DESCRIPTION: Olek consistently pushes the boundaries between fashion, art, craft and public art, fluidly combining the sculptural and the fanciful. #people literally expresses what Olek cares most about. Through the old-fashioned technique of crochet, she uses the ephemeral medium of yarn to express everyday occurrences, often with the collaboration of members of local communities where she installs her projects and public commissions. She strives to create a metaphor for the complexity and interconnectedness of our bodily and psychological processes. Olek’s work has been featured in public spaces, galleries and museums worldwide and in numerous publications including the New York Times, Vogue Italia, Wall Street Journal, New York Magazine, Daily Beast, Village Voice, and most broadcast networks. Over the summer, NCAC urged the Virginia MOCA to reconsider its censorship of one of her installations. More artist information can be found at

ARTIST: Amy Wilson
LOT: I thought about the things that remained hidden from view, 2008. Watercolor and walnut ink on paper, 12×9 inches.
FAIR MARKET VALUE: $2,500. Bidding starts at $800.
DESCRIPTION: Amy Wilson’s drawing is from her 2008 solo exhibition at BravinLee Programs in NYC. In it, two young girls – who stand as surrogates for the artist – discover a patch of mushrooms growing in the shade of a tree, and speak of secrets, confessions, and the parts of themselves (and ourselves) that grow in the dark. Amy's small-scale drawings incorporate tiny, hand-written texts that feature an ever-changing cast of talkative girls who give voice to her thoughts, and they have been featured in exhibitions at the Pera Museum in Istanbul, MOMA-PS1 in Long Island City, The Drawing Center, Josee Bienvenue Gallery, and the Grolier Club. As one critic observed: “Wilson's subjects have ranged from international politics to modern art to personal history, but each time placing the artist and viewer in a larger community. The words may derive from others or from her, but either way they let one imagine or puzzle over her personal history—and one's own.” More artist information can be found at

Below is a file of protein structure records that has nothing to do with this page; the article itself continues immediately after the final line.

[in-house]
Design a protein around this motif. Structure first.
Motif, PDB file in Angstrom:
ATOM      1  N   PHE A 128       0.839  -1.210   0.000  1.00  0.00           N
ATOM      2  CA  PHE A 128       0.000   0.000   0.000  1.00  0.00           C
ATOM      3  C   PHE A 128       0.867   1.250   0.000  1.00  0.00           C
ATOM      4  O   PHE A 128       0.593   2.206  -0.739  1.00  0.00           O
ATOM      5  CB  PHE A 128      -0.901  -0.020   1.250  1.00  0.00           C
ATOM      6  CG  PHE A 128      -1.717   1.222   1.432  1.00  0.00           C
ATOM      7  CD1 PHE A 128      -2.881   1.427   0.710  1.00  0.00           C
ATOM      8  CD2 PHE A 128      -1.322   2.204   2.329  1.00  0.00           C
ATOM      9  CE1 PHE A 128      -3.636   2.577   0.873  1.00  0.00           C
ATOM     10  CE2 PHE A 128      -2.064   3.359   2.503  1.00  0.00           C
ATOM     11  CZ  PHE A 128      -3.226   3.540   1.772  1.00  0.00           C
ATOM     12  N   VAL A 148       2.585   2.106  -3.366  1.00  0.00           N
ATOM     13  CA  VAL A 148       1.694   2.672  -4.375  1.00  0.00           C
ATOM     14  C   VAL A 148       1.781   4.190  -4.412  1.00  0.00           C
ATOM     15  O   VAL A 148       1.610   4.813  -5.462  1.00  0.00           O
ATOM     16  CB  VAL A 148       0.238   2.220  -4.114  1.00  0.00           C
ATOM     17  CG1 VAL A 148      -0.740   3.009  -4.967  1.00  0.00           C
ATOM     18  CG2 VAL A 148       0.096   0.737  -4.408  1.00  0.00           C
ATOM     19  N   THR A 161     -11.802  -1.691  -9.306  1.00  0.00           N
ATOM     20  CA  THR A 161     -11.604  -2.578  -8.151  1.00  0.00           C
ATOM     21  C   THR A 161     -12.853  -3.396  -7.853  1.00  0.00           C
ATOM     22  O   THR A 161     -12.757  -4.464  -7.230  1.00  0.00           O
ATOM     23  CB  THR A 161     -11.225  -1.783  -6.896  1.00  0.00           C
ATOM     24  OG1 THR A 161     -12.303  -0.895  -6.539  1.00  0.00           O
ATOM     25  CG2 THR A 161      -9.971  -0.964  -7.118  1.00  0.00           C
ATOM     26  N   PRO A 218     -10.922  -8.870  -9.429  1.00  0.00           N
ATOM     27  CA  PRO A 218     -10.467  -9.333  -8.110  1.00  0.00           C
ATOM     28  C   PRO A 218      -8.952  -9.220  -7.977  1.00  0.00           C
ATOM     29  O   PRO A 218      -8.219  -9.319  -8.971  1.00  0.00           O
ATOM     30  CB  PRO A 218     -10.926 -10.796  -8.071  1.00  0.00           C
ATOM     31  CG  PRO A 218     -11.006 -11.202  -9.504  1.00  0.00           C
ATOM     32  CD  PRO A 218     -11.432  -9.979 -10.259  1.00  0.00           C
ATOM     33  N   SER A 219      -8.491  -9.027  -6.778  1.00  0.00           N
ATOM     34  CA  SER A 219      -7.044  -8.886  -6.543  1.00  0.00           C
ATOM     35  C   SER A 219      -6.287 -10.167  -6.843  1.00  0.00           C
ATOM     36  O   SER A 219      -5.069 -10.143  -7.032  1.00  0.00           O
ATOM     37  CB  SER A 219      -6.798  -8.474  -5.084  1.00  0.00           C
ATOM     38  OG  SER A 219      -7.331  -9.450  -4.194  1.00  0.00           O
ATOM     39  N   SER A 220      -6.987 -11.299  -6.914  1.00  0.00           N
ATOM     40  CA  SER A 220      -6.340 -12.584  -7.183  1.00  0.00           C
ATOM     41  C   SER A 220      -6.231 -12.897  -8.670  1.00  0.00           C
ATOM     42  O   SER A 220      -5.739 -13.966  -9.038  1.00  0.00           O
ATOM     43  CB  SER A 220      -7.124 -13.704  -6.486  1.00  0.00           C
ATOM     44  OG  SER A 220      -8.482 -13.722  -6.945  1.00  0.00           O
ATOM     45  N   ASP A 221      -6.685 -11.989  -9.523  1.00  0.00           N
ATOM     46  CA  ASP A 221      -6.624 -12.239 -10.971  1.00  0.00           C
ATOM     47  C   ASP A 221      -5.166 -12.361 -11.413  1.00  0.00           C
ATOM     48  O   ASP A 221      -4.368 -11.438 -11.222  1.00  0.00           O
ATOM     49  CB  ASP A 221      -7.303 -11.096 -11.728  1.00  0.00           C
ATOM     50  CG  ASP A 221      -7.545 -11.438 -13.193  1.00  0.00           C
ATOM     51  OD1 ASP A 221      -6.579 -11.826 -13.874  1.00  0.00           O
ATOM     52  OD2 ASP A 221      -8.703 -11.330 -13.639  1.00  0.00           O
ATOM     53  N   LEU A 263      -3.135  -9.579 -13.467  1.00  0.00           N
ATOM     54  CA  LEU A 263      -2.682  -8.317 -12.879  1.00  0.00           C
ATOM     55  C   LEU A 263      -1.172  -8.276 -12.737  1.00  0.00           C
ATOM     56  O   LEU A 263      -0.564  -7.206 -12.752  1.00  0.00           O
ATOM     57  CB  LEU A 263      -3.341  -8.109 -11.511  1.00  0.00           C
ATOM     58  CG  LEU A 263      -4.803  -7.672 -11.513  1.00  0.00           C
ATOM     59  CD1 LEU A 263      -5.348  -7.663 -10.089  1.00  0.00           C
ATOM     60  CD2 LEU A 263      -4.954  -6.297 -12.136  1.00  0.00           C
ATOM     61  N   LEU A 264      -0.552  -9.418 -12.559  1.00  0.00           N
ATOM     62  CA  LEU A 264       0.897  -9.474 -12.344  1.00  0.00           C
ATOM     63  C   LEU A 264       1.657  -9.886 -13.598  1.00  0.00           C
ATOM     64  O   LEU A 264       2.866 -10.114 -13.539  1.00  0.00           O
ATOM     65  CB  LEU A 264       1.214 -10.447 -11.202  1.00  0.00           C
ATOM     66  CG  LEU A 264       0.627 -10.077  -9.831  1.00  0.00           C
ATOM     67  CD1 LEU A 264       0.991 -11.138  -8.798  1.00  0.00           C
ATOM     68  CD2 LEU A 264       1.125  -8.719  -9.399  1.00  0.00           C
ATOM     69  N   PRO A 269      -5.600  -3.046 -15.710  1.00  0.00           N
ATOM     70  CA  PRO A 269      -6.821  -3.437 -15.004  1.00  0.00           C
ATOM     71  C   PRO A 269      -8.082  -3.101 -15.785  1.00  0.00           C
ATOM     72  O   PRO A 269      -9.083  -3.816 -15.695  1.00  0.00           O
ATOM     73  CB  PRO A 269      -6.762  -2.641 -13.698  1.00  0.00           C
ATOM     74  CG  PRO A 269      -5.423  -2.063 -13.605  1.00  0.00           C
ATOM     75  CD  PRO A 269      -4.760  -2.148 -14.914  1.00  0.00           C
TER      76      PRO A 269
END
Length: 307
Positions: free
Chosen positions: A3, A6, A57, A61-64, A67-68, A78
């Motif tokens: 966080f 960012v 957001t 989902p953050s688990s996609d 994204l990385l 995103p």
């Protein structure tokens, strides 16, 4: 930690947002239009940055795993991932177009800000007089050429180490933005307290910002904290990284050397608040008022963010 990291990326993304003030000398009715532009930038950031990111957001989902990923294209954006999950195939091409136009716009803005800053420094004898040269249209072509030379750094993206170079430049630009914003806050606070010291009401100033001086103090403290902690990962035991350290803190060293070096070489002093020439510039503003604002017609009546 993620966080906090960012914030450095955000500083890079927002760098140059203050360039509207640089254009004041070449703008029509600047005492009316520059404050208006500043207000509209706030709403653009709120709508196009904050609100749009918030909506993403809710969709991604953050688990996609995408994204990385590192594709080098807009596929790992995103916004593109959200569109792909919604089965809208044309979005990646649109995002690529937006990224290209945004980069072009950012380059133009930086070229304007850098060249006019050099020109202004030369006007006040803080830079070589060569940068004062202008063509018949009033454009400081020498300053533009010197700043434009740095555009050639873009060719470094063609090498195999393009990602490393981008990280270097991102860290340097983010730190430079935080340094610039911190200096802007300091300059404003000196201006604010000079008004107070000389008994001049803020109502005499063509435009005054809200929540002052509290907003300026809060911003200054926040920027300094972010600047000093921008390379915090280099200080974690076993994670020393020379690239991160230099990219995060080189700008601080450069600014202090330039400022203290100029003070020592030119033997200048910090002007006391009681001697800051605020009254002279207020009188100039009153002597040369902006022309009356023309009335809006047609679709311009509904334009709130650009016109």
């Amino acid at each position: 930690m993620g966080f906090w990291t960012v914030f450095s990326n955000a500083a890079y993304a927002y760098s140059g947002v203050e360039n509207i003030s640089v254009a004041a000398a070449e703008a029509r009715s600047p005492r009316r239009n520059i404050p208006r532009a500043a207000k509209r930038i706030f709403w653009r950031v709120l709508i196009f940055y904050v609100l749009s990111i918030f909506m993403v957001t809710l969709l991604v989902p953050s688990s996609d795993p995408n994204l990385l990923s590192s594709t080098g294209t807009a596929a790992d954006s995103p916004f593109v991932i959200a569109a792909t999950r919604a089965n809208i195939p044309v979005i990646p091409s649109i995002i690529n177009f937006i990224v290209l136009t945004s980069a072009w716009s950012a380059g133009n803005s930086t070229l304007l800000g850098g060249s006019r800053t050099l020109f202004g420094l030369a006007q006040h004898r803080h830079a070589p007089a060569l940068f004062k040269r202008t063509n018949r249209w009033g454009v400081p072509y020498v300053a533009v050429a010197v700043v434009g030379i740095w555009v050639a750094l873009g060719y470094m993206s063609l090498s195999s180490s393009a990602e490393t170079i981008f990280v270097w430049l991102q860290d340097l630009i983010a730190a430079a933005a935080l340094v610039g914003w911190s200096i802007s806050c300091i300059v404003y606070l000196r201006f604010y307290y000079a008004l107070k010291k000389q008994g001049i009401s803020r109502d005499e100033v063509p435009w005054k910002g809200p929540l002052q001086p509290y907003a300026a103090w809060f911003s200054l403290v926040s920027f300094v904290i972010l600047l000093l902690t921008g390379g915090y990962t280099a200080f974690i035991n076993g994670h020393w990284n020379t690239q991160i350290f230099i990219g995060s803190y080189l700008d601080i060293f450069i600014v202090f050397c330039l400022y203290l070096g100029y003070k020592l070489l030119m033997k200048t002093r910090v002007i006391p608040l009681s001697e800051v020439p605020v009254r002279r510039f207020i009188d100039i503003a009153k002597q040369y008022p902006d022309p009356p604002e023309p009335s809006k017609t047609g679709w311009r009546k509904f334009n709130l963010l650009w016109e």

ARTIST: Arnold Mesches
LOT: Mask (27), 2014. Acrylic; ink on paper, cut-out and mounted on canvas, 12×9 inches.
: $2,500. Bidding starts at $800.